Lasting for nine months, the ACT Global Program is as much a new experience as a painstaking process for all participating students. For instance, Lin Yeh and Chu-Hsuan Chang, two students from NSYSU and enrolled in the program in 2017, felt extremely stressed and exhausting at the first stop — Canada.
Dreaming of working abroad, Ling Yeh was eager to partake in this program in the very beginning, only to feel under considerable pressure since she arrived in Canada as a stranger. Apart from having difficulty with the class-requirement of expression in English, she had to spend more time than her Canadian classmates did completing the assignments at night. “Our foreign classmates hanged out after class but we could not. We must spend a lot of time on the required reading since it entailed strenuous effort. I remembered that I cried and fell to pieces one night! However, I found that my Austrian classmates encountered similar difficulty. They were taking caffeine tablets and staying up to study.” After the 9-month boot camp-like training, Ling Yeh decided to work in Taiwan after graduation, because she has to take care of her aged parents, and she knows that she might be unable to withstand the working pressure alone in the future.
As a German major, Chu-Hsuan Chang originally thought that working in Germany would be her only career option. However, after completing the program, she realized that there are many career options open to her. “Now I feel that I can work in whichever country,” she said. In Austria, Chang and her team members made business diagnosis for the Voestalpine AG, the largest steelmaker in Austria.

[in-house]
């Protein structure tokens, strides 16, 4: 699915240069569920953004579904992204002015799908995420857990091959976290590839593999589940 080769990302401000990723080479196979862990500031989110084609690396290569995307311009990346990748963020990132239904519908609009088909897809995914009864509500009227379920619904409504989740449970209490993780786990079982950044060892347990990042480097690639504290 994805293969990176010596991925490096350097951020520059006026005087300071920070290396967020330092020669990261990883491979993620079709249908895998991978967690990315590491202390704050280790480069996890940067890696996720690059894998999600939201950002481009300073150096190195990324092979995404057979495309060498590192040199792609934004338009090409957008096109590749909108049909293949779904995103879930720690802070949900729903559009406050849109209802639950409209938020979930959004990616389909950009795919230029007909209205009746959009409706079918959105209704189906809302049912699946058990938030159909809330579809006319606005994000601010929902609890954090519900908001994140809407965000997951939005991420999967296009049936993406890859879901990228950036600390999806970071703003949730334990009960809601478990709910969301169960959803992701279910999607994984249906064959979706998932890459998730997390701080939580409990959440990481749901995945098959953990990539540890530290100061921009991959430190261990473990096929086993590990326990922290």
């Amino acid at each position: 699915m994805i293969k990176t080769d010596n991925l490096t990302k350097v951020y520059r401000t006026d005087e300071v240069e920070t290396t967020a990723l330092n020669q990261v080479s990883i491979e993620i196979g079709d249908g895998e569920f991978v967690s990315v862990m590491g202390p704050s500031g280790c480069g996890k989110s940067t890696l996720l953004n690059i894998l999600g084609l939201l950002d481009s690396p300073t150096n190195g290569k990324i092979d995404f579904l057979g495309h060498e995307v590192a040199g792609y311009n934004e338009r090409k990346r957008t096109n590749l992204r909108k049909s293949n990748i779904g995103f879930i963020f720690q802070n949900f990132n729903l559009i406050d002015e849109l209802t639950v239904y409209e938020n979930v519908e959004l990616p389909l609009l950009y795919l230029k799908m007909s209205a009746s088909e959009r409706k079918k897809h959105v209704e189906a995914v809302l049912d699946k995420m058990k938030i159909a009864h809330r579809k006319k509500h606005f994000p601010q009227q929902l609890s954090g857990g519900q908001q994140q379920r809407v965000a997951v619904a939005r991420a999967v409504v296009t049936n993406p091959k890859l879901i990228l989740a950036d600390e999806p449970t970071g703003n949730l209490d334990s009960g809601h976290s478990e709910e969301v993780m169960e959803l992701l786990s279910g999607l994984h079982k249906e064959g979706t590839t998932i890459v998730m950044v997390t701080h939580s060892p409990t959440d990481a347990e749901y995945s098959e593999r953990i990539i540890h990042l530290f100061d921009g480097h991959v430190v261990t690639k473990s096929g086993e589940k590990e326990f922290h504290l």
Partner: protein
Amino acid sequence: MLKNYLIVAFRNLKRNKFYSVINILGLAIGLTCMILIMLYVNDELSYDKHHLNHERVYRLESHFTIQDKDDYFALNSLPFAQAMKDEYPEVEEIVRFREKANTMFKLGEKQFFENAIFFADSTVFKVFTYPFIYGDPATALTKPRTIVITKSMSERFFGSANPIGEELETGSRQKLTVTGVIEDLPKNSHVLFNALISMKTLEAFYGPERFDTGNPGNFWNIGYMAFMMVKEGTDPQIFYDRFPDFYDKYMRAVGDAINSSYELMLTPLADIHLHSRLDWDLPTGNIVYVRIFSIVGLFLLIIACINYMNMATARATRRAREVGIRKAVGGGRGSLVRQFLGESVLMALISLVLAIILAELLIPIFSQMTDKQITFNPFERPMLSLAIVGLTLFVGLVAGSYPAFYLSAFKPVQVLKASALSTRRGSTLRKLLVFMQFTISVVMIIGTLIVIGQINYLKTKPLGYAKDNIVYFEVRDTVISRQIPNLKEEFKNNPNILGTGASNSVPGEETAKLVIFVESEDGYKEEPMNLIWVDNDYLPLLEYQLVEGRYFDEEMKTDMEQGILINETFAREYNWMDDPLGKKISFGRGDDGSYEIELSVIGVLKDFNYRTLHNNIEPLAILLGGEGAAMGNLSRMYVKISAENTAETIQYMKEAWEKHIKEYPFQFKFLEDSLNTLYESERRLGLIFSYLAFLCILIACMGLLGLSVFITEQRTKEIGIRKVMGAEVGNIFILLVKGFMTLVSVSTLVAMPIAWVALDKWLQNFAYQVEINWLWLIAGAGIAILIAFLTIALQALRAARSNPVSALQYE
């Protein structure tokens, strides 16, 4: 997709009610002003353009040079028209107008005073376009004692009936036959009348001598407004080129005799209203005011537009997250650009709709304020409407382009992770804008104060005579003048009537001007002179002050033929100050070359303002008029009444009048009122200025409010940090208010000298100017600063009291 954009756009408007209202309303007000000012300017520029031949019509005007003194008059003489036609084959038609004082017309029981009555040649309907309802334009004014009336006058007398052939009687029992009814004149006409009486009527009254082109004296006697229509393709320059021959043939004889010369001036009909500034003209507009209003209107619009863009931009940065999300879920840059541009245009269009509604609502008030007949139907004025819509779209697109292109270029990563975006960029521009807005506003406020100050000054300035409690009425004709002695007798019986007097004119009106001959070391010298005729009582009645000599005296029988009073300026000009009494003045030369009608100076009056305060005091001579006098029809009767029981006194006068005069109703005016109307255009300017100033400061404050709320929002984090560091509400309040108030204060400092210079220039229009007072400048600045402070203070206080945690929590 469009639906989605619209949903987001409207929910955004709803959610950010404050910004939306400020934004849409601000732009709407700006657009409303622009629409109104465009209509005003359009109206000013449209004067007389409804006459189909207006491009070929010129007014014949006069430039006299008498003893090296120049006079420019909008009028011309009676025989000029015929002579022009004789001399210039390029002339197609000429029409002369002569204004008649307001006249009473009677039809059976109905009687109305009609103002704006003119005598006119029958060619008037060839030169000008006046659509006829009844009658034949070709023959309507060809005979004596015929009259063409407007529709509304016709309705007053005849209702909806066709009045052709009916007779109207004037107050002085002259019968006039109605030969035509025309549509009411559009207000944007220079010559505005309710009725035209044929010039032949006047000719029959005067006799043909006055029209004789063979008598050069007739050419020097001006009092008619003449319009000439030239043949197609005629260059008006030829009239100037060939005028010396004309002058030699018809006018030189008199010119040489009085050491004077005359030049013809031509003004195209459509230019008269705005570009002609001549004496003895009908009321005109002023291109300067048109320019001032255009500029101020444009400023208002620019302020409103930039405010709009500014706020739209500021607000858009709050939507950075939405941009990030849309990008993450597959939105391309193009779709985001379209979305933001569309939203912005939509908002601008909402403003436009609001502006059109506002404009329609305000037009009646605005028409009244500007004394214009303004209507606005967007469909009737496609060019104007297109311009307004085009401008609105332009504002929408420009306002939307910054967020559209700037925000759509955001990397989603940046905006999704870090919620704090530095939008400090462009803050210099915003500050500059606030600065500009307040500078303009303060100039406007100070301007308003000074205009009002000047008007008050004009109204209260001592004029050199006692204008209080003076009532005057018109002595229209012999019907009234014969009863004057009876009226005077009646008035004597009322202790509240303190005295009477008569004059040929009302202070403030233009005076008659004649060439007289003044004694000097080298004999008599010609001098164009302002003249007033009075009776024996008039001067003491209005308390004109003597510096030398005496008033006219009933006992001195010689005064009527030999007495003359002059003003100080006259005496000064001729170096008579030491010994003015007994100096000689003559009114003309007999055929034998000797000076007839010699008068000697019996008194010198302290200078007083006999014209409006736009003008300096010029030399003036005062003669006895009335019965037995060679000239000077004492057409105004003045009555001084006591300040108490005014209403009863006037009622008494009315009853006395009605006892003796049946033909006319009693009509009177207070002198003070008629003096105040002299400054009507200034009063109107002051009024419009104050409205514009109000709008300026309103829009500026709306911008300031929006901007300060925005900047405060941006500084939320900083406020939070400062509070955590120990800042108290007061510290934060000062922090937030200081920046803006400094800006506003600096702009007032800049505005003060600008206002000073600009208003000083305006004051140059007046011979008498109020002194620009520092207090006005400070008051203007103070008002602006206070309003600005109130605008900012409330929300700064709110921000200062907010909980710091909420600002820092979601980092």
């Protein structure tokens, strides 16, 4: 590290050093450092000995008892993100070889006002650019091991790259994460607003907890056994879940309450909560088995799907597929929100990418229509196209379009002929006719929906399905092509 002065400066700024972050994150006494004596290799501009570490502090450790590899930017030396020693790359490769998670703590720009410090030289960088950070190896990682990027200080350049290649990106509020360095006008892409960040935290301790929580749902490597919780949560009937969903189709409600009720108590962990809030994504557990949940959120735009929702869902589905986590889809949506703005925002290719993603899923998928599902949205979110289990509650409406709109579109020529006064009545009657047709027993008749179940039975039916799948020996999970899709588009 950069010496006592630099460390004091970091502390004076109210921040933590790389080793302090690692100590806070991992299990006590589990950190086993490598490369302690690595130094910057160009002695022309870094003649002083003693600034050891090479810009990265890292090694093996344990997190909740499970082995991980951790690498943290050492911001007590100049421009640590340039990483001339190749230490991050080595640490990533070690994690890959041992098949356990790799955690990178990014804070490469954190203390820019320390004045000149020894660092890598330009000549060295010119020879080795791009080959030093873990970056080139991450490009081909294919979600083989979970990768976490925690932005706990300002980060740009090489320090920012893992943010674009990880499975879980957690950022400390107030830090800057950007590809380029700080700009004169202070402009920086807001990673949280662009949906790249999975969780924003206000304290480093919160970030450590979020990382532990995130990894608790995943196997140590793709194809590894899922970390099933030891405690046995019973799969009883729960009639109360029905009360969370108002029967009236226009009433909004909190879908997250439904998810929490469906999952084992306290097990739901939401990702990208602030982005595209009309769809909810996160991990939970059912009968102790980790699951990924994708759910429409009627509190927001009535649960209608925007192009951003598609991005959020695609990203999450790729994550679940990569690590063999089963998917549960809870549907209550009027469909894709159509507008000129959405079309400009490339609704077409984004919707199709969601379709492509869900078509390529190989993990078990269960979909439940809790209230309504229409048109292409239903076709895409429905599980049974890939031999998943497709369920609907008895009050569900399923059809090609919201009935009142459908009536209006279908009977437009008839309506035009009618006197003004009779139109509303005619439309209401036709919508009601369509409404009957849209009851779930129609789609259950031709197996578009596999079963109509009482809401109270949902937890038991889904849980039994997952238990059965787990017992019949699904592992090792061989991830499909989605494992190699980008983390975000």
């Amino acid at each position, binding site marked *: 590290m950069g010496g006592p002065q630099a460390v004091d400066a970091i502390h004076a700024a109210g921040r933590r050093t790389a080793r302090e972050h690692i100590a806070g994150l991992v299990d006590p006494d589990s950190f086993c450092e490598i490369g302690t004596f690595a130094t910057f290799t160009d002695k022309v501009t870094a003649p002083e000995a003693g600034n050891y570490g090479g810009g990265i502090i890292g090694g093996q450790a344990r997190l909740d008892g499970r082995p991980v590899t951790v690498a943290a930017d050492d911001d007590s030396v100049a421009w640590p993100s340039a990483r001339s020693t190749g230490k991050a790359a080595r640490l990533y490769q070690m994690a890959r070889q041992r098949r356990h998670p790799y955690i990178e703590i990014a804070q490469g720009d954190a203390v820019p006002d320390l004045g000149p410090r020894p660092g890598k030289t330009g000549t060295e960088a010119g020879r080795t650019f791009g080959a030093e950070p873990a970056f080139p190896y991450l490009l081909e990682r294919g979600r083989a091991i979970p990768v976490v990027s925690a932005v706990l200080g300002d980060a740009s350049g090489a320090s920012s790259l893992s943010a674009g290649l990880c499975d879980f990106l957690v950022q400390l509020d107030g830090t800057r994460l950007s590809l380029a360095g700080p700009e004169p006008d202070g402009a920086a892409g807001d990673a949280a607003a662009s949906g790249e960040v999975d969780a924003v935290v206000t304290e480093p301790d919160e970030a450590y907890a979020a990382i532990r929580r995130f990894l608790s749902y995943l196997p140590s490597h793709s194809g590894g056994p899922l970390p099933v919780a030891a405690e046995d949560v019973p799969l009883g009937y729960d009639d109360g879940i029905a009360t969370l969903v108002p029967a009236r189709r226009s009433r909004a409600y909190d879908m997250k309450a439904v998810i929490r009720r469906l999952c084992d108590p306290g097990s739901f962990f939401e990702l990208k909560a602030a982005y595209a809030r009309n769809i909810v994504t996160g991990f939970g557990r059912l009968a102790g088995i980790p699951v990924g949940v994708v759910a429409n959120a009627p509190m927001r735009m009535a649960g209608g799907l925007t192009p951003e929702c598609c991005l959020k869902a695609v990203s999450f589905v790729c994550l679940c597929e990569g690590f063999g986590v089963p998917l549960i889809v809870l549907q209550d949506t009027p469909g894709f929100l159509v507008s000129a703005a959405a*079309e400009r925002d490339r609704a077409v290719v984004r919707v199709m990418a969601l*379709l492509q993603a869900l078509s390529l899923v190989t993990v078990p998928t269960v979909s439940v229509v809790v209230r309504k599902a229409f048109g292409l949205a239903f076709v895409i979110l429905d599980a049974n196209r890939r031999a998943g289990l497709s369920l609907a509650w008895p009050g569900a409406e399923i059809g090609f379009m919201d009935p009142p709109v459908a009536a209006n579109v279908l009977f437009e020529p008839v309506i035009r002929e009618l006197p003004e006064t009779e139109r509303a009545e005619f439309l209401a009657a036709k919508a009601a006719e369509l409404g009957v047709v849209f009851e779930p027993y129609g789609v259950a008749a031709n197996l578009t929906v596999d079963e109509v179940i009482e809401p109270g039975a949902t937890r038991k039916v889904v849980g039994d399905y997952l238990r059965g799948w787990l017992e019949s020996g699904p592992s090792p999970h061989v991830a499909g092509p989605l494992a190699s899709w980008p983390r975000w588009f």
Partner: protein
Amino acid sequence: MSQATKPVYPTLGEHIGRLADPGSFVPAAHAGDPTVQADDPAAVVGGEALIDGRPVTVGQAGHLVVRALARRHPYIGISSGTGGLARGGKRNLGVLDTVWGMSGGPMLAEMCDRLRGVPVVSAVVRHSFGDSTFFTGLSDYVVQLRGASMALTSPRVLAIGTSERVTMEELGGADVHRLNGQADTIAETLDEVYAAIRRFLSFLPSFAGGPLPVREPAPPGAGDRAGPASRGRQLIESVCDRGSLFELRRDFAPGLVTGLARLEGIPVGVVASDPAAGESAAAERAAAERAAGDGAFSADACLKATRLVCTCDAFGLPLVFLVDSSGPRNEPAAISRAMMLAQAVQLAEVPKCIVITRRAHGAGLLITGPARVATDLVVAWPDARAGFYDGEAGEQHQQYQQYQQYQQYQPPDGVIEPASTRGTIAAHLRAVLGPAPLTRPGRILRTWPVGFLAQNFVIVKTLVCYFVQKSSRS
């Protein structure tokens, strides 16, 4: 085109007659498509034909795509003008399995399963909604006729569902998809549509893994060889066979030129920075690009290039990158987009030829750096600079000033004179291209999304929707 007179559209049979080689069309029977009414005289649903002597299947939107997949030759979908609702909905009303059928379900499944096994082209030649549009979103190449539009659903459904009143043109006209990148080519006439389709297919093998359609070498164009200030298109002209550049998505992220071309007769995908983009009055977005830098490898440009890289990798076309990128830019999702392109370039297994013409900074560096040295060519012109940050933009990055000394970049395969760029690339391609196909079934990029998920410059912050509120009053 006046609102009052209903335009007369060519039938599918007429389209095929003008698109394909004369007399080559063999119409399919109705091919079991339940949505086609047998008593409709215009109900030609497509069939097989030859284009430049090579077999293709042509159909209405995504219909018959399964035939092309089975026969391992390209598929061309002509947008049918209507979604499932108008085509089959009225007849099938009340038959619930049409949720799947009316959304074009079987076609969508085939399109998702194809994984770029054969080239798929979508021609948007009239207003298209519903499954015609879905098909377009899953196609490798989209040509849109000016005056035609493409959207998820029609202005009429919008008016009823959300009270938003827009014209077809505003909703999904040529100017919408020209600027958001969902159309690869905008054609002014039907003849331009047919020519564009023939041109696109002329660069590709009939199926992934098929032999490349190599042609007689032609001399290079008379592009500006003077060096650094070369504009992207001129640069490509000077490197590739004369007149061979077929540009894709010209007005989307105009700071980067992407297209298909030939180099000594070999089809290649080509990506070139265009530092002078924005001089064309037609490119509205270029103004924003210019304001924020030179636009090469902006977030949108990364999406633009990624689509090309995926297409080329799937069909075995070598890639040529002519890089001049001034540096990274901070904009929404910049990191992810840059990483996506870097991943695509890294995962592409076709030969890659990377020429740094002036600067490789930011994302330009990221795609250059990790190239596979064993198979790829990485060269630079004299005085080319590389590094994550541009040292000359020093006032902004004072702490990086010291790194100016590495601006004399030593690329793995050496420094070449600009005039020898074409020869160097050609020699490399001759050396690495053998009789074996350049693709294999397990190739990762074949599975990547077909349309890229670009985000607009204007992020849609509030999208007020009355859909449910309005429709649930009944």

The Voestalpine AG produces a riotous profusion of products ranging from piers to rails. It not only hopes to get into the U.S. market, but also attempts to have a grasp of China. Chang and her team members helped this company do market analysis. “The company was very satisfied with our analysis for it showed some new opportunities, thinking that we did a good job,” Chang said.
Of all the enrolled students, Chia-Cheng Liu could be the one benefitted from the program most directly. No sooner did he complete the program, than the leading manufacturer of conference equipment in Taiwan recruited him, even though he was writing his thesis and had not yet fulfilled his obligation with respect to the mandatory military service at that time. Intriguingly, the company was not quite satisfied with Liu and his team’s case analysis that it assigned to them in the second phase of the program.